Mechanistically, whether bone loss is related to changes in bone formation or bone resorption, or both, is controversial. In a study of children with HA, low osteocalcin, a serum marker of bone formation, predominated in the group with low BMD, while no differences in bone resorption were observed.15 In contrast, in children with severe HA, another study found an increase in bone resorption and significantly diminished bone formation,16 as did a study of children on anticoagulant therapy, which was found to be an independent predictor of bone resorption and bone formation markers.17 In addition, a study of young boys with HA reported that both indices of resorption and formation were elevated.18 A study of adults with hemophilia found that multiple markers of bone resorption were significantly increased, while 1 of 2 markers of bone formation was also diminished.14

These conflicting data are difficult to reconcile. Invasive mechanistic studies in human populations are notoriously difficult to perform, and HA in the human context is complex, as there are numerous risk factors for low BMD that may be present in different individuals. To augment clinical studies, animal models of HA have been developed. A preliminary bone phenotyping study of a factor VIII (FVIII)–deficient animal model of HA identified a bone phenotype characterized by diminished femoral BMD and cortical thickness in male mice.19 In a follow-up study, diminished bone mass was consistent with increased bone resorption, but no significant changes in bone formation were identified.20

In this present study, we used a new animal model of severe F8 hemophilia, with a complete F8 total knockout (F8TKO),1 to study the etiology and kinetics of HA bone accretion and decline in mice. Our data revealed that impaired bone formation in young male F8TKO mice and increased bone resorption in female mice led to a failure to attain peak BMD and that sexual dimorphic effects on bone turnover and loss may need to be considered in the treatment of HA patients.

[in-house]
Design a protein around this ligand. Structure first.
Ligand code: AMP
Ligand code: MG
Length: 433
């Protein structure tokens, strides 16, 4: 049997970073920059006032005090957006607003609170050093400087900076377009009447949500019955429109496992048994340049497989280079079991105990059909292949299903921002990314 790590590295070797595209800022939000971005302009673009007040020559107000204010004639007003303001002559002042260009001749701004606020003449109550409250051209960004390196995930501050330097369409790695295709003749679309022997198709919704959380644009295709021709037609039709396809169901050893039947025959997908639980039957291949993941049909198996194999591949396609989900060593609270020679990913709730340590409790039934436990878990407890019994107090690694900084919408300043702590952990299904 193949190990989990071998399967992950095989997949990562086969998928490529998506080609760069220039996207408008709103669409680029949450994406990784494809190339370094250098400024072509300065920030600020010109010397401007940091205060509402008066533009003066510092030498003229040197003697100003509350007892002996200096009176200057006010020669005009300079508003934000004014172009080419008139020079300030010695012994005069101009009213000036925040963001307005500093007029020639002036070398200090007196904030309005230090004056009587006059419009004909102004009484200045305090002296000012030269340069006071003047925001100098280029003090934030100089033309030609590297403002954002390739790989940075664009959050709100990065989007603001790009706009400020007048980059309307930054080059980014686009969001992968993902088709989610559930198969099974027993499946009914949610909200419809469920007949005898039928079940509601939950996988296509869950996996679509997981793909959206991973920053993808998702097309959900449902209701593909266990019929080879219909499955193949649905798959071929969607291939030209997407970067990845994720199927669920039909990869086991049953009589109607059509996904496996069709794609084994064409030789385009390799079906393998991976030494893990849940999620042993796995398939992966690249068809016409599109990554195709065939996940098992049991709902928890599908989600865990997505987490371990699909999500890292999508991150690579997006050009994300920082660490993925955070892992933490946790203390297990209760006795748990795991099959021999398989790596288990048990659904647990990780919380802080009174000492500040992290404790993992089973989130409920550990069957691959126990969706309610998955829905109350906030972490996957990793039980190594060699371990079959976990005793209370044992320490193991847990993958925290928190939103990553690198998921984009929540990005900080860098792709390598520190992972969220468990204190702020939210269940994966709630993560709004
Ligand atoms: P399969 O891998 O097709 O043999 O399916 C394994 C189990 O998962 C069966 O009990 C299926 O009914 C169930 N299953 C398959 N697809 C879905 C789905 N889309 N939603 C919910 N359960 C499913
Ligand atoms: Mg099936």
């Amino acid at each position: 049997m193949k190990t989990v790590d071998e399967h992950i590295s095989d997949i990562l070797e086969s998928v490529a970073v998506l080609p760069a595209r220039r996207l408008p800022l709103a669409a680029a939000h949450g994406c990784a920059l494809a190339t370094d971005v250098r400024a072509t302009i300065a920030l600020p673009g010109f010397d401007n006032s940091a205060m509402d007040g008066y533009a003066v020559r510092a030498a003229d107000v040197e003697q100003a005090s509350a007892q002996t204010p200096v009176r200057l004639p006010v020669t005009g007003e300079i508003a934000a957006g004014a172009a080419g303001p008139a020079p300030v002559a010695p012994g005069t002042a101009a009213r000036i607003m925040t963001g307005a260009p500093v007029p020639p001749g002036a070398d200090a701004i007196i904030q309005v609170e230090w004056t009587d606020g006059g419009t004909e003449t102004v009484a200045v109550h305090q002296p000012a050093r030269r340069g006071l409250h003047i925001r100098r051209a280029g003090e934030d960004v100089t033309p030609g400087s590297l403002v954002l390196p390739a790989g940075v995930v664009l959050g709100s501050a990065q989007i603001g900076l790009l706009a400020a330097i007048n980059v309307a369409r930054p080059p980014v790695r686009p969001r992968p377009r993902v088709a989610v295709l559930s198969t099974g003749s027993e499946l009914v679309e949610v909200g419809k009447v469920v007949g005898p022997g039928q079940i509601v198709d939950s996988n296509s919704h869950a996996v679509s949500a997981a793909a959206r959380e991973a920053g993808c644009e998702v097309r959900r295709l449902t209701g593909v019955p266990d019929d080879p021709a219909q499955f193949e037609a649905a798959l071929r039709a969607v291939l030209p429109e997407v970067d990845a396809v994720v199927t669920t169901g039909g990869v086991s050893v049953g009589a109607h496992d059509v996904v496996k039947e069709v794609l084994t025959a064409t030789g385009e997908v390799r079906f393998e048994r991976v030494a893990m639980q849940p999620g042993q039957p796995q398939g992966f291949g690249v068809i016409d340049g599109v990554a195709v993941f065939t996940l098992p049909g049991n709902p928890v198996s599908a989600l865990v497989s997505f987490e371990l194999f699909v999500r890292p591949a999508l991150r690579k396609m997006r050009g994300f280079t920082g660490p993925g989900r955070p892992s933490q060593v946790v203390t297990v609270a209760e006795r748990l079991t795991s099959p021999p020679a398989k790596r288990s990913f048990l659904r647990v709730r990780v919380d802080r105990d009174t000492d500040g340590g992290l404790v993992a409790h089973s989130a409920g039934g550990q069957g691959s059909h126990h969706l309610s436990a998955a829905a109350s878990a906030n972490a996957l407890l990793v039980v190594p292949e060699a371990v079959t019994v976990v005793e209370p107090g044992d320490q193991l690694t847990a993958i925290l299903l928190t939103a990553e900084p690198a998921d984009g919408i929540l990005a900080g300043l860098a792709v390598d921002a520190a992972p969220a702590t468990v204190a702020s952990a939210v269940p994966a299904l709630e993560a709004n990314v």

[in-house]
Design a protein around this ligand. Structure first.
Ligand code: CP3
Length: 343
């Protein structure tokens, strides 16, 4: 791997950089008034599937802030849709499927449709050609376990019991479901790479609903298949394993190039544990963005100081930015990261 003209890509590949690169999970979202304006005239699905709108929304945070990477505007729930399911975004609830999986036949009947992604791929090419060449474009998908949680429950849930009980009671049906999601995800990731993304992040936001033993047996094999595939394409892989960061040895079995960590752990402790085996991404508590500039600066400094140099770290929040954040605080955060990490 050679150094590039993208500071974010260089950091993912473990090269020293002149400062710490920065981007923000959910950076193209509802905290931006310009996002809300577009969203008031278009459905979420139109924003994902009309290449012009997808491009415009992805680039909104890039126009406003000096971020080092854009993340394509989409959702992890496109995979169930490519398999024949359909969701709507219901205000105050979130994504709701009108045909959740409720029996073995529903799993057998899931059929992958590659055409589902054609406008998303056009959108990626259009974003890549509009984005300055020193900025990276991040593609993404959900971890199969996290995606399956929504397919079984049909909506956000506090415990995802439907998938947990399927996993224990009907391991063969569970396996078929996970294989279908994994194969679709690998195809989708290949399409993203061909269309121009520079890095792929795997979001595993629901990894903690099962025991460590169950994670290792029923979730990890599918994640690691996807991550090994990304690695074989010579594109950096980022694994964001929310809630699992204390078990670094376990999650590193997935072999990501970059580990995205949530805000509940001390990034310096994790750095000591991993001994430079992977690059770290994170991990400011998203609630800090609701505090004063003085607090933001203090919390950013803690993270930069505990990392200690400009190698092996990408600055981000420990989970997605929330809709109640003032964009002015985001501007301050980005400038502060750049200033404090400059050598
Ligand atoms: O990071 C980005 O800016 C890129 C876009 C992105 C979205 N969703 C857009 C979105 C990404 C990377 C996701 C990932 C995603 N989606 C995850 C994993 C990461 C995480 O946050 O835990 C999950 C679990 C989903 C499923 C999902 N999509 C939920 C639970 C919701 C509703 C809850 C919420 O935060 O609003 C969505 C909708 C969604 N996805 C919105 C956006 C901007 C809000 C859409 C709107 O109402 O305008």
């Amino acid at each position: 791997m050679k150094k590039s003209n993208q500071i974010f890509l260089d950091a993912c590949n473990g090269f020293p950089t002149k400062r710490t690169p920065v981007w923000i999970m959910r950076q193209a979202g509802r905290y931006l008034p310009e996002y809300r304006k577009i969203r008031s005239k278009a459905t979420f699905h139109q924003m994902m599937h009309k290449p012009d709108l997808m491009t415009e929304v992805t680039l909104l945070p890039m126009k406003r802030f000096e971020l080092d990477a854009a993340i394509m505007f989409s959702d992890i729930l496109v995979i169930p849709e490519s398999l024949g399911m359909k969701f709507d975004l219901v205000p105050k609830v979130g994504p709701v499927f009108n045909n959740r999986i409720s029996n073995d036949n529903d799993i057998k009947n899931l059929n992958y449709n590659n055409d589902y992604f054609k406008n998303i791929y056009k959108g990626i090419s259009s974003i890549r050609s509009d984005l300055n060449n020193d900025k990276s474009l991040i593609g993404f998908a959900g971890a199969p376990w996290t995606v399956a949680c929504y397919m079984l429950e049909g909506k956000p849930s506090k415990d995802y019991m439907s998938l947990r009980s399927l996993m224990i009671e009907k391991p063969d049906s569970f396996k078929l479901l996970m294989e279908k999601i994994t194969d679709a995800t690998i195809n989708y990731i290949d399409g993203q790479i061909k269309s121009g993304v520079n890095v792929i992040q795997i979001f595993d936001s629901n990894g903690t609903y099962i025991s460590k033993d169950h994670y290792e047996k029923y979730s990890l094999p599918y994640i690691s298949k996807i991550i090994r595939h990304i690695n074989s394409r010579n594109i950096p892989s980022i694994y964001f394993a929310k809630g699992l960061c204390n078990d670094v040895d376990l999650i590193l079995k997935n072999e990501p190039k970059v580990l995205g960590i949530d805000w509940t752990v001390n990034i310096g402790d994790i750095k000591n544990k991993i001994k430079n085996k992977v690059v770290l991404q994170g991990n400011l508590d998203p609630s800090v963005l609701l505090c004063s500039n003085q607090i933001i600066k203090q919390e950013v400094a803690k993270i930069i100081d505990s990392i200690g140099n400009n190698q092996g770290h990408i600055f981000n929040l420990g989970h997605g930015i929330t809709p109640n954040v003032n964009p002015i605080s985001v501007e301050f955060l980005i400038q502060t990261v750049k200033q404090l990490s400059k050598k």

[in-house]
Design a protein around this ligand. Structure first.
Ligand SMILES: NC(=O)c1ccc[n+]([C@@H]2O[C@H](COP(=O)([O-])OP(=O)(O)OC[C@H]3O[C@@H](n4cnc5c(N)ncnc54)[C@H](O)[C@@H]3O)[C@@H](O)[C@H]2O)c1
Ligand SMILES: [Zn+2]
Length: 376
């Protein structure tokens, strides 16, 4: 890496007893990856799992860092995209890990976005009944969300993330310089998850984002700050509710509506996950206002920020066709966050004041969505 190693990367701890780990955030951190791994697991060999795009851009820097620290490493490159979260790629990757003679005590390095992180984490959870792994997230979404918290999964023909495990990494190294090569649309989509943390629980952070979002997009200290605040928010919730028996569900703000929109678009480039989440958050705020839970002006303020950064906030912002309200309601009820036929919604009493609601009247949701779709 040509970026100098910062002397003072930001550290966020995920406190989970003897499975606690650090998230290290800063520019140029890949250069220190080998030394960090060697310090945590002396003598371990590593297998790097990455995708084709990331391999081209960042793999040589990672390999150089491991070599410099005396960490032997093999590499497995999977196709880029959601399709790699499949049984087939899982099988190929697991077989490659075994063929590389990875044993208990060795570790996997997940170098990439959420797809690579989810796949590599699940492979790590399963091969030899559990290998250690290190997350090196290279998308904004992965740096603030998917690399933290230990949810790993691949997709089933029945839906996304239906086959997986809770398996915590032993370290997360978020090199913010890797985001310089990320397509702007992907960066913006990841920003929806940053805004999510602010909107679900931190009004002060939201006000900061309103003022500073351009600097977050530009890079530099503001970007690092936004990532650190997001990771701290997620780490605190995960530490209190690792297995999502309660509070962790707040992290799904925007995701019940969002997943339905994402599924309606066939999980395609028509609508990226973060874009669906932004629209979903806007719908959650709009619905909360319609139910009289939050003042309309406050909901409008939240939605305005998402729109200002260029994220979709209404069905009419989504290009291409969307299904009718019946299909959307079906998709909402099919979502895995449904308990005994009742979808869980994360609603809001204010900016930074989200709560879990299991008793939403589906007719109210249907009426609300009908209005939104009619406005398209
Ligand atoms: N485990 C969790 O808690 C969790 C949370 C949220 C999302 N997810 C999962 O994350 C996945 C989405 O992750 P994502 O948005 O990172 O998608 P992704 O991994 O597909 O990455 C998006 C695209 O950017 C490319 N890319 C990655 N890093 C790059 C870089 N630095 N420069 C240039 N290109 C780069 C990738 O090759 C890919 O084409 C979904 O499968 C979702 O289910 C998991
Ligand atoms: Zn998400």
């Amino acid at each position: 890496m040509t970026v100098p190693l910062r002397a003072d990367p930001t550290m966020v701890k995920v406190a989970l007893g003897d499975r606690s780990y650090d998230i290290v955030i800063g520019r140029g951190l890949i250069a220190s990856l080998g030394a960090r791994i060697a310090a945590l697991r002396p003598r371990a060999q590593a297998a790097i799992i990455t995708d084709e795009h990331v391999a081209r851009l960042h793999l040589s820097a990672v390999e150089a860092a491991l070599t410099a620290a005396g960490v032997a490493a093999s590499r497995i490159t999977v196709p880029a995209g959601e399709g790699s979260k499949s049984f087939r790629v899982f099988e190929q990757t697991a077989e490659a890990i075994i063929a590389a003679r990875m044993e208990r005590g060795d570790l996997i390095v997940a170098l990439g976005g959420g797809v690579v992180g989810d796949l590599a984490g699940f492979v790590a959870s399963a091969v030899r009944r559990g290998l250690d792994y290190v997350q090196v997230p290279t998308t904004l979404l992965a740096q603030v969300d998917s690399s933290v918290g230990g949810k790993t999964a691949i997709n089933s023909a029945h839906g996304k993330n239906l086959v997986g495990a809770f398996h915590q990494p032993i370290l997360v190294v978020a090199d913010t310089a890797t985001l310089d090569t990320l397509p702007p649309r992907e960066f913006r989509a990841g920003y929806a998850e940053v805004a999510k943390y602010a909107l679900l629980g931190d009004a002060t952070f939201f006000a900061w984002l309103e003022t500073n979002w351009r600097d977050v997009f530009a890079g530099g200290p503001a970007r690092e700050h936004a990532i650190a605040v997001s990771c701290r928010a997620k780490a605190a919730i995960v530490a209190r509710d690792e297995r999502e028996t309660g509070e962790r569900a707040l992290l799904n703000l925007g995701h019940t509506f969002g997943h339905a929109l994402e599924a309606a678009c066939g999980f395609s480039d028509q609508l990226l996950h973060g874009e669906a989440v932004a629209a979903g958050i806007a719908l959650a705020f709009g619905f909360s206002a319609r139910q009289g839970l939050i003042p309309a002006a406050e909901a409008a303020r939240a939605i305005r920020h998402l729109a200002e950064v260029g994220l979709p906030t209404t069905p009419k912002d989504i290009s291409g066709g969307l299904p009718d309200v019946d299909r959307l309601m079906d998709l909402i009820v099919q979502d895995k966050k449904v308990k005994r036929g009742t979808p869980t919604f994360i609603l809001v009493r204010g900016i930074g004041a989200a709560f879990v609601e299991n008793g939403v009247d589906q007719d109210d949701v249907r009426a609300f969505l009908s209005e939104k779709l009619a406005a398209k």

Materials and methods

All reagents were purchased from Millipore Sigma (St. Louis, MO) unless otherwise indicated.

Mice

Studies were approved by the Animal Care and Use Committee of Emory University and conducted in accordance with the National Institutes of Health Laboratory Guide for the Care and Use of Laboratory Animals.

HA mice are total FVIII gene knockout mice (F8TKO) and have been backcrossed into a >95% C57BL/6 background as judged by single-nucleotide polymorphism analysis.1 Wild-type (WT) littermates from the breeding colony were used as controls.

Mice were housed under specific-pathogen-free conditions. The animal facility was kept at 23°C (±1°C) with 50% relative humidity and a 12:12-hour light/dark cycle.

Bone densitometry

Dual-energy X-ray absorptiometry (DXA) was performed to quantify BMD (g/cm2) in isolated femurs, tibias, and lumbar spines ex vivo using a PIXImus 2 bone densitometer (GE Medical Systems) as previously described.21

Quantitative bone histomorphometry

Bones were calcein labeled 10 and 3 days before euthanization. Dynamic histomorphometric indices, including mineral apposition rate (MAR) and bone formation rate (BFR/bone surface [BS]), were measured in the cancellous bone of 5 µm undecalcified and unstained calcein-labeled sections. VonKossa/MacNeals Tetrachrome–stained slides were used to quantify osteoblast number and osteoblast surface and osteoclast number and osteoclast surface quantified on tartrate-resistant acid phosphatase stained sections counterstained with fast green. All slides were digitized using a microscope (Olympus IX-70) and digital camera (QIcam) and analyzed at original magnification ×200 or ×400 using image analysis software (Bioquant Osteo, Nashville TN).

Microcomputed tomography

Microcomputed tomography (μCT) was performed as previous described11,21 using a μCT40 scanner (Scanco Medical AG, Brüttisellen, Switzerland) with a voxel size of 6 μm (70 kVp and 114 mA, with a 200-ms integration time). We analyzed 400 tomographic slices at the L3 vertebra (2.4 mm) and 300 slices at the distal femoral metaphysis (1.8 mm). Trabecular bone was segmented from the cortical shell for a total area of 1.8 mm beginning ∼0.5 mm from the distal growth plate. Cortical bone was quantified at the femoral middiaphysis from 99 tomographic slices (total area of 0.6 mm).

Biochemical indices of bone turnover and sex steroid quantifications

C-terminal telopeptide of collagen type I (CTX; a bone resorption marker) and serum N-terminal propeptide of type 1 procollagen (PINP; a bone formation marker) were quantified using enzyme immunoassays from Immunodiagnostic Systems (Gaithersburg, MD). 17β-estradiol was quantified in female mice serum using an enzyme-linked immunosorbent assay (ab108667) from Abcam (Cambridge, MA) and testosterone in male mice serum using an enzyme-linked immunosorbent assay (11-TESHU-E01) from ALPCO (Salem, NH).

Statistical analysis